Ultrathin organic material enhances e-skin display

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Credit: Someya Laboratory

University of Tokyo researchers have developed an ultrathin, ultraflexible, protective layer and demonstrated its use by creating an air-stable, organic light-emitting diode (OLED) display. This technology will enable creation of electronic skin (e-skin) displays of blood oxygen level, e-skin heart rate sensors for athletes and many other applications.

Integrating electronic devices with the human body to enhance or restore body function for biomedical applications is the goal of researchers around the world. In particular, wearable electronics need to be thin and flexible to minimize impact where they attach to the body. However, most devices developed so far have required millimeter-scale thickness glass or plastic substrates with limited flexibility, while micrometer-scale thin flexible organic devices have not been stable enough to survive in air.

The research group of Professor Takao Someya and Dr. Tomoyuki Yokota at the University of Tokyo's Graduate School of Engineering has developed a high-quality protective film less than two micrometers thick that enables the production of ultrathin, ultraflexible, high performance wearable electronic displays and other devices. The group developed the protective film by alternating layers of inorganic (Silicon Oxynitrite) and organic (Parylene) material. The protective film prevented passage of oxygen and water vapor in the air, extending device lifetimes from the few hours seen in prior research to several days. In addition, the research group were able to attach transparent indium tin oxide (ITO) electrodes to an ultrathin substrate without damaging it, making the e-skin display possible.

Using the new protective layer and ITO electrodes, the research group created polymer light-emitting diodes (PLEDs) and organic photodetectors (OPDs). These were thin enough to be attached to the skin and flexible enough to distort and crumple in response to body movement. The PLEDs were just three micrometers thick and over six times more efficient than previously reported ultrathin PLEDs. This reduced heat generation and power consumption, making them particularly suitable for direct attachment to the body for medical applications such as displays for blood oxygen concentration or pulse rate. The research group also combined red and green PLEDs with a photodetector to demonstrate a blood oxygen sensor.

"The advent of mobile phones has changed the way we communicate. While these communication tools are getting smaller and smaller, they are still discrete devices that we have to carry with us," says Someya. He continues, "What would the world be like if we had displays that could adhere to our bodies and even show our emotions or level of stress or unease? In addition to not having to carry a device with us at all times, they might enhance the way we interact with those around us or add a whole new dimension to how we communicate."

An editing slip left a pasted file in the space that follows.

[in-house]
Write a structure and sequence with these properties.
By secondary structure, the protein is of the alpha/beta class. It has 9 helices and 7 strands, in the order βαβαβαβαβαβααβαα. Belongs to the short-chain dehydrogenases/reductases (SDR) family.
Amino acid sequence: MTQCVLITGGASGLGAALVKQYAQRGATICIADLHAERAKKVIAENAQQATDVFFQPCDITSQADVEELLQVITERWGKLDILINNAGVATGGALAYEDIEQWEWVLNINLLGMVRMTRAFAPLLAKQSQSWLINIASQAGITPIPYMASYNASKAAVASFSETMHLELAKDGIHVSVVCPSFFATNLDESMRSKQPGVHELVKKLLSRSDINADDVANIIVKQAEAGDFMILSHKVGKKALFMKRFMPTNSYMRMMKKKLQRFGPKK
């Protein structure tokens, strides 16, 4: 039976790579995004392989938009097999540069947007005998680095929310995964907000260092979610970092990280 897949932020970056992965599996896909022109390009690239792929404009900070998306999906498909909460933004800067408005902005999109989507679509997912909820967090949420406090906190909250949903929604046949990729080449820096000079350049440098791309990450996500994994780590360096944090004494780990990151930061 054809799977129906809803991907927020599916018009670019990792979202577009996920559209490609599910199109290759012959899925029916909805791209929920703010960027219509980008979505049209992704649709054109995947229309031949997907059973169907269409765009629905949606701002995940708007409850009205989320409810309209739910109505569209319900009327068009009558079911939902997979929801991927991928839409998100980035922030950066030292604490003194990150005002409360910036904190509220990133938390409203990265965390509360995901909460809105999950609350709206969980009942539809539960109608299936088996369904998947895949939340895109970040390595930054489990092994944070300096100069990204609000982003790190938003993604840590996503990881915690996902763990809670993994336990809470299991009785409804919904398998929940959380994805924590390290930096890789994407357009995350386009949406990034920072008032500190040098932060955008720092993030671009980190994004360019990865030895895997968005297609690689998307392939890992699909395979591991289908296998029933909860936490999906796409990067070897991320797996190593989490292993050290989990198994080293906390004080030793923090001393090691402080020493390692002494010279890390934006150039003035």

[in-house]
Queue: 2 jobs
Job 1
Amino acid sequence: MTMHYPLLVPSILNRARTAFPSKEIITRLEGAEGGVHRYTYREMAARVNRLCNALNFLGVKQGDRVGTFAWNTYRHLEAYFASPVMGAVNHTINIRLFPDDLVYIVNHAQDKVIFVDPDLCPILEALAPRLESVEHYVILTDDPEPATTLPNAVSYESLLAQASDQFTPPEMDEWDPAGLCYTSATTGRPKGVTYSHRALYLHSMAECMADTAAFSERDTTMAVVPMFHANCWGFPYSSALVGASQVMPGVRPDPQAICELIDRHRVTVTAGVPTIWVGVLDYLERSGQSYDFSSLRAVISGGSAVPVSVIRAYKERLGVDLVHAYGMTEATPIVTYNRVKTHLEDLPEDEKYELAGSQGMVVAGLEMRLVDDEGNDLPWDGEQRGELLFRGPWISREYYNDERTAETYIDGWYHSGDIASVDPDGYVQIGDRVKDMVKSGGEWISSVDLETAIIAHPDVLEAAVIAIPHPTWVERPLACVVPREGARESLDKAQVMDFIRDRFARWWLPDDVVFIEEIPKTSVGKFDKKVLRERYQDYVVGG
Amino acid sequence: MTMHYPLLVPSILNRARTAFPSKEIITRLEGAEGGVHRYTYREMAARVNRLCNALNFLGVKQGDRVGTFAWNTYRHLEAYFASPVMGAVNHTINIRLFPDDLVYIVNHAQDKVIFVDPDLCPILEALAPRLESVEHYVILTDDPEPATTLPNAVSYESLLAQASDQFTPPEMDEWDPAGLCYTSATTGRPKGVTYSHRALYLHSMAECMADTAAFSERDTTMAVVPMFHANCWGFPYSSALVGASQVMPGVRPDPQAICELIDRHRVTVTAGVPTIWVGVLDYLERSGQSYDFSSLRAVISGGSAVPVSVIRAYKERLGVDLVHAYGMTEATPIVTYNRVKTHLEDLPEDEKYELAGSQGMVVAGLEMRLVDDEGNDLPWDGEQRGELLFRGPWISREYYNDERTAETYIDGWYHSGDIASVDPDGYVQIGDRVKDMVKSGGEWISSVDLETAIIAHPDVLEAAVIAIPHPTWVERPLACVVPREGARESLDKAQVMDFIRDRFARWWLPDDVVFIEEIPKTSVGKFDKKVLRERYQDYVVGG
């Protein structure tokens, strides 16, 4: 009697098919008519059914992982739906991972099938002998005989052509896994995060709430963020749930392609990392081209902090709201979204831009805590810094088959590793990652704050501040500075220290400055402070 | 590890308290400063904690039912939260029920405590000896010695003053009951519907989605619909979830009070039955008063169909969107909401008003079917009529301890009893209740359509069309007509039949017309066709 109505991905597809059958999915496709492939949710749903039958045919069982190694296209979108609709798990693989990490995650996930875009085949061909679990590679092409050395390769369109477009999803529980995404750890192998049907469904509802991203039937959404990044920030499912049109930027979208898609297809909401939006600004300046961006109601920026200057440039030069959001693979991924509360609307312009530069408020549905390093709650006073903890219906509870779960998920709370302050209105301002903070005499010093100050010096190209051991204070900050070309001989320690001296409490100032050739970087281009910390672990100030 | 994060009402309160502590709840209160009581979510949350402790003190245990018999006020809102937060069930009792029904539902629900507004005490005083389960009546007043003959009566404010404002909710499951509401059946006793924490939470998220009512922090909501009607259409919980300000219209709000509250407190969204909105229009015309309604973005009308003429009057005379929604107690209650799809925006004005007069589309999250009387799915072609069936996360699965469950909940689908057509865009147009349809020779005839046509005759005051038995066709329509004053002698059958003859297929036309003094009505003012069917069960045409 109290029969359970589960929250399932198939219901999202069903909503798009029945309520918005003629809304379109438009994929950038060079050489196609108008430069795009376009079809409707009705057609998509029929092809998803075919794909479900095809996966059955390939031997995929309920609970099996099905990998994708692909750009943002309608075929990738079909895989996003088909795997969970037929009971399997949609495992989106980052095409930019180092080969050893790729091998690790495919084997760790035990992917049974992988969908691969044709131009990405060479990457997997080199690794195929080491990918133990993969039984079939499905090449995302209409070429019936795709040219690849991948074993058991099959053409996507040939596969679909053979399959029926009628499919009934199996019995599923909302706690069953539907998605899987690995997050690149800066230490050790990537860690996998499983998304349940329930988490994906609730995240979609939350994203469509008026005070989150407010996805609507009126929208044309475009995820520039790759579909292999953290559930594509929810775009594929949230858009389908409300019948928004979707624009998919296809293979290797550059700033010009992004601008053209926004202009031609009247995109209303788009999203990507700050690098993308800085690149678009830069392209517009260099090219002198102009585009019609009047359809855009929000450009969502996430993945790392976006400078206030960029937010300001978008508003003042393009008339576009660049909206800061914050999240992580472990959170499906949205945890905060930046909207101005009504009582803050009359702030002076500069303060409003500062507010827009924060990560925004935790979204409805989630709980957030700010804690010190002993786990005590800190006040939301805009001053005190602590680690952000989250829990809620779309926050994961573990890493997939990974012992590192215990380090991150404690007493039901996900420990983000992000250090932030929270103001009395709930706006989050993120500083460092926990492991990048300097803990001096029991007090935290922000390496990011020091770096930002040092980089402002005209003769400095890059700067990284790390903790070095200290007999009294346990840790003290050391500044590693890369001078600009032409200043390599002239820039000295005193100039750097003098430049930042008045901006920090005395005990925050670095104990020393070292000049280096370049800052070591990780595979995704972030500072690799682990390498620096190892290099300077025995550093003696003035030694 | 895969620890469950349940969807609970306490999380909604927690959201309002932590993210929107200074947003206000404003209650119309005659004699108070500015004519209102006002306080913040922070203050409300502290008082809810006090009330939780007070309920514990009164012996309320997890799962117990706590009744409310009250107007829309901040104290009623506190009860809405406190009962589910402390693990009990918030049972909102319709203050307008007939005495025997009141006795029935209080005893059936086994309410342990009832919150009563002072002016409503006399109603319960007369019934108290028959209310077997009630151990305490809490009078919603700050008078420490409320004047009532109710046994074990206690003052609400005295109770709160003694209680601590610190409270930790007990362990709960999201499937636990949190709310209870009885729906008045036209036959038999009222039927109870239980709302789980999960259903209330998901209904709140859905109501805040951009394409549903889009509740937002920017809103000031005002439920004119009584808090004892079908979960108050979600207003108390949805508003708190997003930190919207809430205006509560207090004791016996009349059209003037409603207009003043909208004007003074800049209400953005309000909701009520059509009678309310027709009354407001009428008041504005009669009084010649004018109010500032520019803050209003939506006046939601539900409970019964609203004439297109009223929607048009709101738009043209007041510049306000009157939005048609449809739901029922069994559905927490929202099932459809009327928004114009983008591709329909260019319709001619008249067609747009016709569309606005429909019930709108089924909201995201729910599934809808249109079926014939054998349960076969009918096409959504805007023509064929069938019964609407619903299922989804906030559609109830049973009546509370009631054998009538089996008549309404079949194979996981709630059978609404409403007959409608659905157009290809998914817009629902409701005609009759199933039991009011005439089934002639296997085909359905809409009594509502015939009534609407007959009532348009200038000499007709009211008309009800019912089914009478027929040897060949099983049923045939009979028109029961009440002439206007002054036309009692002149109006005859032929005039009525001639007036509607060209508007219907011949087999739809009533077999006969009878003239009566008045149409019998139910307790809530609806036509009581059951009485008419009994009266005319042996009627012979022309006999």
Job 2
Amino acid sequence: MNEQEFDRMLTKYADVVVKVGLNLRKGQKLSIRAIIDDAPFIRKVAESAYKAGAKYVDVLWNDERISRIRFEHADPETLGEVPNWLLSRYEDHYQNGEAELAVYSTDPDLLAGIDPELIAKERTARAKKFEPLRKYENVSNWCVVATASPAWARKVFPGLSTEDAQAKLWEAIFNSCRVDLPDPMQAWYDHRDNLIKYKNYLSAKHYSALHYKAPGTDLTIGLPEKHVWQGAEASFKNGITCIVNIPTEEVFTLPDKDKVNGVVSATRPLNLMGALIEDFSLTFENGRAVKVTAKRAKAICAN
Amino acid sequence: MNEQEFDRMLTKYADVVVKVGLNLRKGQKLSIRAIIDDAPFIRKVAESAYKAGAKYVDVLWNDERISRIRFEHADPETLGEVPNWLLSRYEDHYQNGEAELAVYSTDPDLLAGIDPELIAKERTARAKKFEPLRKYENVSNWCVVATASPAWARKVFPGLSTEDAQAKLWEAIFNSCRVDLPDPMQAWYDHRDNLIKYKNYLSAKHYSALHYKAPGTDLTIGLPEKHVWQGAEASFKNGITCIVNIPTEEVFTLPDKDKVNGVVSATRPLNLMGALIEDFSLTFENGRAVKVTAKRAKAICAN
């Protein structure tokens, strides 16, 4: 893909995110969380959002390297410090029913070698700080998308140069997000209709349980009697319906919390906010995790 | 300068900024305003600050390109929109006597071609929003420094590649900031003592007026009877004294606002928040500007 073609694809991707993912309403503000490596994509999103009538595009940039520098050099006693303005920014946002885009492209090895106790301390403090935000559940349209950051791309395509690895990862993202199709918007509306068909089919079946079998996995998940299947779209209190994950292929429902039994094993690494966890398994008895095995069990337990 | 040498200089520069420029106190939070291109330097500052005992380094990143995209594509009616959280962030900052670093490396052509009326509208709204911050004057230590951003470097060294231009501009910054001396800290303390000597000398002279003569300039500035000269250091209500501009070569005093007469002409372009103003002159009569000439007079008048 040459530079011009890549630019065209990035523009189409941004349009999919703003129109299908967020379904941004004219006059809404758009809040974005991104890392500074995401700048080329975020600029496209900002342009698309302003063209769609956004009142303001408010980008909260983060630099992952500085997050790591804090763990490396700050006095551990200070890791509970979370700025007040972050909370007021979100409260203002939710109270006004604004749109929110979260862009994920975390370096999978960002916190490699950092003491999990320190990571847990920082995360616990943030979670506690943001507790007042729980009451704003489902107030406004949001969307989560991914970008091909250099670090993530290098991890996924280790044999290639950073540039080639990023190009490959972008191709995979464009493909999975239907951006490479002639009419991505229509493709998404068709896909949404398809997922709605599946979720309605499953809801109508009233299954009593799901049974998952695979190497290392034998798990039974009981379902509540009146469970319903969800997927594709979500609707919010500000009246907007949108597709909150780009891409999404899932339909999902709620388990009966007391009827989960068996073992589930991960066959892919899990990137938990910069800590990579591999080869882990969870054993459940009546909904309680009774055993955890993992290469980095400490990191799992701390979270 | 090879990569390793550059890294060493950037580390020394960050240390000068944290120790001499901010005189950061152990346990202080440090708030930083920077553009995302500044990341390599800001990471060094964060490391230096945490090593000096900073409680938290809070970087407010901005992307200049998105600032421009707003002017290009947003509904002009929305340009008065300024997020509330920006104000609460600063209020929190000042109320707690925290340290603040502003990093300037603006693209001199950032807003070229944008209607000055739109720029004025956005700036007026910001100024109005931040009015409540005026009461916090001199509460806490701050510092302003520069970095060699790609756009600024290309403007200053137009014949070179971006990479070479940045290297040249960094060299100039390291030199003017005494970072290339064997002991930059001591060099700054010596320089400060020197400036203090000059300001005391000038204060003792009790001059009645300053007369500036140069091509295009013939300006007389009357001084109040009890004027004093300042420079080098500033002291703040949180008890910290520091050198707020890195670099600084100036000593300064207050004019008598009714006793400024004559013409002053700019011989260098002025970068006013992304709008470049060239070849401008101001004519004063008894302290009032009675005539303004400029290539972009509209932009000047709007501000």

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Journal article/Conference paper

Tomoyuki Yokota, Peter Zalar, Martin Kaltenbrunner, Hiroaki Jinno, Naoji Matsuhisa, Hiroki Kitanosako, Yutaro Tachibana, Wakako Yukita, Mari Koizumi, Takao Someya, "Ultraflexible organic photonic skin," Science Advances 2:e1501856, 15 April 2016. URL (abstract): http://dx.doi.org/10.1126/sciadv.1501856 DOI: 10.1126/sciadv.1501856

Links

The University of Tokyo

Graduate School of Engineering

Someya Group Organic Transistor Lab

ERATO Someya Bio-Harmonized Electronics Project

Research contact

Professor Takao Someya
Department of Electrical Engineering and Information Systems
Graduate School of Engineering
The University of Tokyo, Hongo 7-3-1, Bunkyo-ku, Tokyo 113-8656, Japan
Email: [email protected]
Tel: +81-3-5841-0411/6756
Fax: +81-3-5841-6709

Press officer contact

Graduate School of Engineering Public Relations Office
The University of Tokyo
The University of Tokyo, Hongo 7-3-1, Bunkyo-ku, Tokyo 113-8656, Japan
Tel: 03-5841-1790
Fax: 03-5841-0529
Email: [email protected]

Funding

Japan Science and Technology Agency (JST) Exploratory Research for Advanced Technology (ERATO) Someya Bio-Harmonized Electronics Project

About the University of Tokyo

The University of Tokyo is Japan's leading university and one of the world's top research universities. The vast research output of some 6,000 researchers is published in the world's top journals across the arts and sciences. Our vibrant student body of around 15,000 undergraduate and 15,000 graduate students includes over 2,000 international students. Find out more at http://www.u-tokyo.ac.jp/en/ or follow us on Twitter at @UTokyo_News_en.

Media Contact

Takao Someya
[email protected]
81-358-410-411
@UTokyo_News_en

http://www.u-tokyo.ac.jp

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